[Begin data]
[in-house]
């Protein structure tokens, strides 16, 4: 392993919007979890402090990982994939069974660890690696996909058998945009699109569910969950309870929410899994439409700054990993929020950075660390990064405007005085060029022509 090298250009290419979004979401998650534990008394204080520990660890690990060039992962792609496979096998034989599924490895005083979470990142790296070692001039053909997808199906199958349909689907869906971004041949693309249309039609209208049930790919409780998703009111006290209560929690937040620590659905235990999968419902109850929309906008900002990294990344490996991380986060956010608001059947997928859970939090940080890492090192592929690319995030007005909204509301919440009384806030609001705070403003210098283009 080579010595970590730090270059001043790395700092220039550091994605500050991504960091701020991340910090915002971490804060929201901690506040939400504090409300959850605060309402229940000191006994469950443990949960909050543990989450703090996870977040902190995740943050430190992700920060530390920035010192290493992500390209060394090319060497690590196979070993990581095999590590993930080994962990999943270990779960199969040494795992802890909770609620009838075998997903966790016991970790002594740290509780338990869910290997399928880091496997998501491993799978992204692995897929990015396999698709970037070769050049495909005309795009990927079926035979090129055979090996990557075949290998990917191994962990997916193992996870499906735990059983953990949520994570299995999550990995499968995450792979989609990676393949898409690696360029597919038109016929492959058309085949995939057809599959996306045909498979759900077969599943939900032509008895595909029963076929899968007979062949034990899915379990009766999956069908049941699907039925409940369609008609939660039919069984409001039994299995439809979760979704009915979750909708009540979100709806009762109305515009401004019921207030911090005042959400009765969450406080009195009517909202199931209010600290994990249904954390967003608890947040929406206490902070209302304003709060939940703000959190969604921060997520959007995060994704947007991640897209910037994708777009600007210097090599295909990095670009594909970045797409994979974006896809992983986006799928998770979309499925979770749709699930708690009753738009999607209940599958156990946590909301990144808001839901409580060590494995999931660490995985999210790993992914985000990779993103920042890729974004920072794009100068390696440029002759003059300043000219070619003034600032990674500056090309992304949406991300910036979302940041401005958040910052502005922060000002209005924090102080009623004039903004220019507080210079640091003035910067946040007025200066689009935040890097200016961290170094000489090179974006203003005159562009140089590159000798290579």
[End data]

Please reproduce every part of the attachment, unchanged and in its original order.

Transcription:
[in-house]
């Protein structure tokens, strides 16, 4: 392993919007979890402090990982994939069974660890690696996909058998945009699109569910969950309870929410899994439409700054990993929020950075660390990064405007005085060029022509 090298250009290419979004979401998650534990008394204080520990660890690990060039992962792609496979096998034989599924490895005083979470990142790296070692001039053909997808199906199958349909689907869906971004041949693309249309039609209208049930790919409780998703009111006290209560929690937040620590659905235990999968419902109850929309906008900002990294990344490996991380986060956010608001059947997928859970939090940080890492090192592929690319995030007005909204509301919440009384806030609001705070403003210098283009 080579010595970590730090270059001043790395700092220039550091994605500050991504960091701020991340910090915002971490804060929201901690506040939400504090409300959850605060309402229940000191006994469950443990949960909050543990989450703090996870977040902190995740943050430190992700920060530390920035010192290493992500390209060394090319060497690590196979070993990581095999590590993930080994962990999943270990779960199969040494795992802890909770609620009838075998997903966790016991970790002594740290509780338990869910290997399928880091496997998501491993799978992204692995897929990015396999698709970037070769050049495909005309795009990927079926035979090129055979090996990557075949290998990917191994962990997916193992996870499906735990059983953990949520994570299995999550990995499968995450792979989609990676393949898409690696360029597919038109016929492959058309085949995939057809599959996306045909498979759900077969599943939900032509008895595909029963076929899968007979062949034990899915379990009766999956069908049941699907039925409940369609008609939660039919069984409001039994299995439809979760979704009915979750909708009540979100709806009762109305515009401004019921207030911090005042959400009765969450406080009195009517909202199931209010600290994990249904954390967003608890947040929406206490902070209302304003709060939940703000959190969604921060997520959007995060994704947007991640897209910037994708777009600007210097090599295909990095670009594909970045797409994979974006896809992983986006799928998770979309499925979770749709699930708690009753738009999607209940599958156990946590909301990144808001839901409580060590494995999931660490995985999210790993992914985000990779993103920042890729974004920072794009100068390696440029002759003059300043000219070619003034600032990674500056090309992304949406991300910036979302940041401005958040910052502005922060000002209005924090102080009623004039903004220019507080210079640091003035910067946040007025200066689009935040890097200016961290170094000489090179974006203003005159562009140089590159000798290579």